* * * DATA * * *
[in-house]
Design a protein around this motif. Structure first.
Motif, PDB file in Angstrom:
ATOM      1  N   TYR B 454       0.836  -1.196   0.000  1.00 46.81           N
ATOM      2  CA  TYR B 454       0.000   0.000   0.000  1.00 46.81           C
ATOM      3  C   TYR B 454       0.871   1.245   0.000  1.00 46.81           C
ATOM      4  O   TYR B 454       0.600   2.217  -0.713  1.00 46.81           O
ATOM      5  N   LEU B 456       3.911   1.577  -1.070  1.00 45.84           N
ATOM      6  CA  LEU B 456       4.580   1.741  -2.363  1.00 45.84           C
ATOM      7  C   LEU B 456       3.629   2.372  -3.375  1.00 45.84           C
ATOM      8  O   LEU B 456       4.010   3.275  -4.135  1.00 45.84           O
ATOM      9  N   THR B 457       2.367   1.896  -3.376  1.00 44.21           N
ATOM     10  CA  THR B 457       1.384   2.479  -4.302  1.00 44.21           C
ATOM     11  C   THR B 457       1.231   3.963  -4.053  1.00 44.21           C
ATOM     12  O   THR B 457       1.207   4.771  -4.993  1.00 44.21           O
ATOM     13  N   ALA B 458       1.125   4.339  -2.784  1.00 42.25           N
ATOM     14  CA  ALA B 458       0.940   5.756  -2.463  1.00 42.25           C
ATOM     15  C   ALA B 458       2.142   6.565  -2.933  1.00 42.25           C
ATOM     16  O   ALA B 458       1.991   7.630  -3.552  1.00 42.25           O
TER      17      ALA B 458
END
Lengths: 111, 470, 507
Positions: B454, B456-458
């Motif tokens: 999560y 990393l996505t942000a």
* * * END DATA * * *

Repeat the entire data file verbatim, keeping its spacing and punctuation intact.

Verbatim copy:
[in-house]
Design a protein around this motif. Structure first.
Motif, PDB file in Angstrom:
ATOM      1  N   TYR B 454       0.836  -1.196   0.000  1.00 46.81           N
ATOM      2  CA  TYR B 454       0.000   0.000   0.000  1.00 46.81           C
ATOM      3  C   TYR B 454       0.871   1.245   0.000  1.00 46.81           C
ATOM      4  O   TYR B 454       0.600   2.217  -0.713  1.00 46.81           O
ATOM      5  N   LEU B 456       3.911   1.577  -1.070  1.00 45.84           N
ATOM      6  CA  LEU B 456       4.580   1.741  -2.363  1.00 45.84           C
ATOM      7  C   LEU B 456       3.629   2.372  -3.375  1.00 45.84           C
ATOM      8  O   LEU B 456       4.010   3.275  -4.135  1.00 45.84           O
ATOM      9  N   THR B 457       2.367   1.896  -3.376  1.00 44.21           N
ATOM     10  CA  THR B 457       1.384   2.479  -4.302  1.00 44.21           C
ATOM     11  C   THR B 457       1.231   3.963  -4.053  1.00 44.21           C
ATOM     12  O   THR B 457       1.207   4.771  -4.993  1.00 44.21           O
ATOM     13  N   ALA B 458       1.125   4.339  -2.784  1.00 42.25           N
ATOM     14  CA  ALA B 458       0.940   5.756  -2.463  1.00 42.25           C
ATOM     15  C   ALA B 458       2.142   6.565  -2.933  1.00 42.25           C
ATOM     16  O   ALA B 458       1.991   7.630  -3.552  1.00 42.25           O
TER      17      ALA B 458
END
Lengths: 111, 470, 507
Positions: B454, B456-458
């Motif tokens: 999560y 990393l996505t942000a």